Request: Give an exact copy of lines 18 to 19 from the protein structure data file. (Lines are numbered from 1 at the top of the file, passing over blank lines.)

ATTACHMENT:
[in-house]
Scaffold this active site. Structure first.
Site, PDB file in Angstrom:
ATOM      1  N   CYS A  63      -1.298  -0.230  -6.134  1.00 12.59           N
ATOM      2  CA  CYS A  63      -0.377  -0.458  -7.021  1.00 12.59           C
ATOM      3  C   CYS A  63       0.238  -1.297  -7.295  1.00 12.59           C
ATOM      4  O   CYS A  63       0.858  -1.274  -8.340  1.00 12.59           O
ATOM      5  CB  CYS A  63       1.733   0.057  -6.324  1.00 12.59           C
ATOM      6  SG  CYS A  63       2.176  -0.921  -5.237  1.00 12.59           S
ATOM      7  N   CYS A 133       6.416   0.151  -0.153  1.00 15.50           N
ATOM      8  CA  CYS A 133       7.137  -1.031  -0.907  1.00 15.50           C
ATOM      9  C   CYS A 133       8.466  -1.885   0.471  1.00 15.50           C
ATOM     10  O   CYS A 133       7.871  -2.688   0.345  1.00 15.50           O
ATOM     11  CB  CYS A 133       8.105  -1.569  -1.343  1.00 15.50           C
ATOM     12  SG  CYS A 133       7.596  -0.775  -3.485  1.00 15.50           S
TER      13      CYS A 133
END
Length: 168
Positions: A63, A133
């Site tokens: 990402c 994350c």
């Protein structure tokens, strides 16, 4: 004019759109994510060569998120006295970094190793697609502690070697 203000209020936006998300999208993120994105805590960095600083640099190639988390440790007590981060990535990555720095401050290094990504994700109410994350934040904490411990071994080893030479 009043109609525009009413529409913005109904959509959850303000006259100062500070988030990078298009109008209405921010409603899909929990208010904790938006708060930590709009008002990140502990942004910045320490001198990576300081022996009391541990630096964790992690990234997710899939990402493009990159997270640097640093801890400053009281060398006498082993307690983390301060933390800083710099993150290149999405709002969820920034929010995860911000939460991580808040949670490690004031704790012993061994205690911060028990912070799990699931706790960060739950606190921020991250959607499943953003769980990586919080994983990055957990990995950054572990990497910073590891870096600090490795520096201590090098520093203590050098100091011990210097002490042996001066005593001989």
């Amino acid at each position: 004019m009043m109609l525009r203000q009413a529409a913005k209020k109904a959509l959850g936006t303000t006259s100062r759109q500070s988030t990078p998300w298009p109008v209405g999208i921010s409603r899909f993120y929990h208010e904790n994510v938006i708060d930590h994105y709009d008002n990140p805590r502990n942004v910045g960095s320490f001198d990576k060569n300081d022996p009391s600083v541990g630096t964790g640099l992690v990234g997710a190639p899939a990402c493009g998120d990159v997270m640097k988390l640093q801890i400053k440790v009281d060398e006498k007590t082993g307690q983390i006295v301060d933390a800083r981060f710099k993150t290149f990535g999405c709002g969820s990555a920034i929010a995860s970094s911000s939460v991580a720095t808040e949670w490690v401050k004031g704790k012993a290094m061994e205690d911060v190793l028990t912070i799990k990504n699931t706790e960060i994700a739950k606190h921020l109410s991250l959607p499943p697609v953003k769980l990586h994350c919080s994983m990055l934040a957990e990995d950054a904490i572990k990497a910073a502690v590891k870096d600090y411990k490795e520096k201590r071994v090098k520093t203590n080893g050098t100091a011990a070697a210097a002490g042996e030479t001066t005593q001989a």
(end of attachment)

Length: 168
Positions: A63, A133